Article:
Doctors often can successfully treat hypotension. Many people who have the disorder live normal, healthy lives.
If you have low blood pressure, you can take steps to prevent or limit symptoms, such as dizzy spells and fainting.
If you have orthostatic hypotension, get up slowly after sitting or lying down. Eat small, low-carbohydrate meals if you have postprandial hypotension (a form of orthostatic hypotension).
If you have neurally mediated hypotension, don’t stand for long periods. Also, drink plenty of fluids and try to avoid unpleasant or scary situations. Learn to recognize symptoms and take action to raise your blood pressure. Children who have NMH often outgrow it.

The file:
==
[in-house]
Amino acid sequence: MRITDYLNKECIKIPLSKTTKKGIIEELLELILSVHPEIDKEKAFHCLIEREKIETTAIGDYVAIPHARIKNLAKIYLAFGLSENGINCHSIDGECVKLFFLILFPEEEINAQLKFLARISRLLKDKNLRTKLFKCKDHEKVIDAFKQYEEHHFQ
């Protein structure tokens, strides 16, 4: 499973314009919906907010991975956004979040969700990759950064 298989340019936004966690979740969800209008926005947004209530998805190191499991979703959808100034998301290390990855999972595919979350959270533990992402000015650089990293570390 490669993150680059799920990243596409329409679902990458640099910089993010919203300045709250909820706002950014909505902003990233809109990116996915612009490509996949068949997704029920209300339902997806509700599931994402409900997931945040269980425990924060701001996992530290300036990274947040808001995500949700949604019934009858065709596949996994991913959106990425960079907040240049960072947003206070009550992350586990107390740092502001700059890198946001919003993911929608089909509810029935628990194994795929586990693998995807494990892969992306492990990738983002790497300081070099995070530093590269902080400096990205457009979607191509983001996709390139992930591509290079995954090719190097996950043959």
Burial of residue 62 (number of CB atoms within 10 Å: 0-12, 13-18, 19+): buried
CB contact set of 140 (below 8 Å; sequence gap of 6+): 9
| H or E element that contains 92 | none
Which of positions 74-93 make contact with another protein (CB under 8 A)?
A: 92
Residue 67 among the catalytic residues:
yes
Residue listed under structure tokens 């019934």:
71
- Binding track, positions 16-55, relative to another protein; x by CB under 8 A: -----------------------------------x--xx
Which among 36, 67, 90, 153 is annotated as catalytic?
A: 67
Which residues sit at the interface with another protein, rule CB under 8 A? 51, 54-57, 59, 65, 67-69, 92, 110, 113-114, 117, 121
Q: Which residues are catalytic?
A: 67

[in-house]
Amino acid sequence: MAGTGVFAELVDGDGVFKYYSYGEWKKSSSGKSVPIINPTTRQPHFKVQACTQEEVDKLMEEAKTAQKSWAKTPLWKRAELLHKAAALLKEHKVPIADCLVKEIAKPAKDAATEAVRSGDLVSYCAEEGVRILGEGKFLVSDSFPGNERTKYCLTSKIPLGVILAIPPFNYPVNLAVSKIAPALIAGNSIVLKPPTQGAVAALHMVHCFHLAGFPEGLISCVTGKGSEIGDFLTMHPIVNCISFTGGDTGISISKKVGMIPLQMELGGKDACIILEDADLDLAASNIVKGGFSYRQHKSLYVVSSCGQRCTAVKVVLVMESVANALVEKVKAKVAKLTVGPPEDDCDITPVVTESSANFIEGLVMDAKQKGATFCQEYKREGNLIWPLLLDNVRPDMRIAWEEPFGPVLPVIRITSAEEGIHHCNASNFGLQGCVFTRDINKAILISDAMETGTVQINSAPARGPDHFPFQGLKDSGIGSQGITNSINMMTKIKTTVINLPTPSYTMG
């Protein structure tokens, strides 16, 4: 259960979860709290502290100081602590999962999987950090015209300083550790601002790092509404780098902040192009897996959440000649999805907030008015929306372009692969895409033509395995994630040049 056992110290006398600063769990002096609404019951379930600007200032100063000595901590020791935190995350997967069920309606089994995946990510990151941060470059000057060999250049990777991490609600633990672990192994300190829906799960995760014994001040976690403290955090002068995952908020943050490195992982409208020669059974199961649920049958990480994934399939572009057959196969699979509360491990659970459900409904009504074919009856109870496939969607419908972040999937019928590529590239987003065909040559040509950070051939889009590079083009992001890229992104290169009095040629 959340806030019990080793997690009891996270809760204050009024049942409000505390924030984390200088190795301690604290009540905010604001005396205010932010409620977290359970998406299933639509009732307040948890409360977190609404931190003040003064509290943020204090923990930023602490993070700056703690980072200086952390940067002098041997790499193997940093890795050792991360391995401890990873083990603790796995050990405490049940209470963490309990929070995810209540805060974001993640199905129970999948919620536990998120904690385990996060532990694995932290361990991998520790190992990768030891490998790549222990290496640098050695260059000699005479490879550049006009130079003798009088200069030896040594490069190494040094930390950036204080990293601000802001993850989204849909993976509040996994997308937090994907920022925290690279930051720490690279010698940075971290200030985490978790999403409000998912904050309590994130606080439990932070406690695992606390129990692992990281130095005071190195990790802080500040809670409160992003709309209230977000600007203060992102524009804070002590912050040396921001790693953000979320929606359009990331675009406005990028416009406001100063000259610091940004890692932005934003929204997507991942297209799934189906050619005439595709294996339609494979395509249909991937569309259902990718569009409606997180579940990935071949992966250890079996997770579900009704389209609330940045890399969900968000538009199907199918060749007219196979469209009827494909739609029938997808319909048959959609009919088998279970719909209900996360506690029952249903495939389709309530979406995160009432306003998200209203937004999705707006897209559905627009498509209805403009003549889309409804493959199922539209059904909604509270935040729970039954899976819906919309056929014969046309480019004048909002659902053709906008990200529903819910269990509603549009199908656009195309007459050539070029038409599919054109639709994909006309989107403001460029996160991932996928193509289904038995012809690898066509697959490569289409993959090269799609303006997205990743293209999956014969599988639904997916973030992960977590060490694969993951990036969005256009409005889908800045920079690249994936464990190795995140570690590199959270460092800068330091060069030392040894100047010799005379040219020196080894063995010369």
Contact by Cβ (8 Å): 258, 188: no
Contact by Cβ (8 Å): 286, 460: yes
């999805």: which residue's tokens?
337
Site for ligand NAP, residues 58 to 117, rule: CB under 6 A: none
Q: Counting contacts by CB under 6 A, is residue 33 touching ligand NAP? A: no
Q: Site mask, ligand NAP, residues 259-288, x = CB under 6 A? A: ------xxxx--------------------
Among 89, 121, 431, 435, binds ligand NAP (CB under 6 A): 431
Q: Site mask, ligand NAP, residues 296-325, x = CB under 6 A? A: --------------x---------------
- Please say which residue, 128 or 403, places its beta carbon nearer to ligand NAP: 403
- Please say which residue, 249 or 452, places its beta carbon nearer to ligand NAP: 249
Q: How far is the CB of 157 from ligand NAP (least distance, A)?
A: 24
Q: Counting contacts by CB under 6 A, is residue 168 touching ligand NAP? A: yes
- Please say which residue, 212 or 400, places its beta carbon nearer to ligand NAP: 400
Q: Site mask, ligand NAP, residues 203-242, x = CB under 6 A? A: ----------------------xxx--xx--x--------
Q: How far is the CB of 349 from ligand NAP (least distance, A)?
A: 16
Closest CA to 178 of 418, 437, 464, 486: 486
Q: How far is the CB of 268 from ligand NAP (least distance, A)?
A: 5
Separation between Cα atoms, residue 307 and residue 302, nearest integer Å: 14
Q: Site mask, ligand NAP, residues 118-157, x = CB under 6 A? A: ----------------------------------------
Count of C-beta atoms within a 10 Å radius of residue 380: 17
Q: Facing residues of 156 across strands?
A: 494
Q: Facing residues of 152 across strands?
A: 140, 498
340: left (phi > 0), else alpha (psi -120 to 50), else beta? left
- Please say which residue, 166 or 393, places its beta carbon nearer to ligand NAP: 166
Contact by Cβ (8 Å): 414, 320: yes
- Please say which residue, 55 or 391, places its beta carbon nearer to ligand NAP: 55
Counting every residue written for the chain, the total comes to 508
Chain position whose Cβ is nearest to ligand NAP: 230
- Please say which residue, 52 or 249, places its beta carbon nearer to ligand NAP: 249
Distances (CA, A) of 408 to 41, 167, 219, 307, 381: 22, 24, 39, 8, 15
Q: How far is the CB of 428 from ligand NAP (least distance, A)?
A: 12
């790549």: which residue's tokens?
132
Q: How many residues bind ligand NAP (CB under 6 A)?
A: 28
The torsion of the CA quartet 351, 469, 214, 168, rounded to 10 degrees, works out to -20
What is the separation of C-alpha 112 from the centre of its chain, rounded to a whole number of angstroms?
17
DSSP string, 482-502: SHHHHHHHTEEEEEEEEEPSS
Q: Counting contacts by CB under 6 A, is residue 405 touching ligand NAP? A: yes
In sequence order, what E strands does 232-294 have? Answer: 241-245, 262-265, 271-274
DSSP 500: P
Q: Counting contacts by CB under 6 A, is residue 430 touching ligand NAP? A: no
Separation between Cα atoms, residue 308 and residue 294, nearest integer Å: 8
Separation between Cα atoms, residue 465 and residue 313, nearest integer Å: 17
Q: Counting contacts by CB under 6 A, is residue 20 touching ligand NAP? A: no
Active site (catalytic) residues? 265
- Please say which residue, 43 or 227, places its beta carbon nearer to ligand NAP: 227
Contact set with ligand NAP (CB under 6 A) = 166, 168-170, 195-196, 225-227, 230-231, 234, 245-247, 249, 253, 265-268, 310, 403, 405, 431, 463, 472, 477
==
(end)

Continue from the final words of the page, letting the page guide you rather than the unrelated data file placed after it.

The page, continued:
Other lifestyle changes also can help you control low blood pressure.
Ask your doctor about learning how to measure your own blood pressure. This will help you find out what a normal blood pressure reading is for you. Keeping a record of blood pressure readings done by health professionals also can help you learn more about your blood pressure.
Severe hypotension linked to shock is an emergency. Shock can cause death if it’s not treated right away. If a person has signs or symptoms of shock, someone should call 9–1–1 right away.
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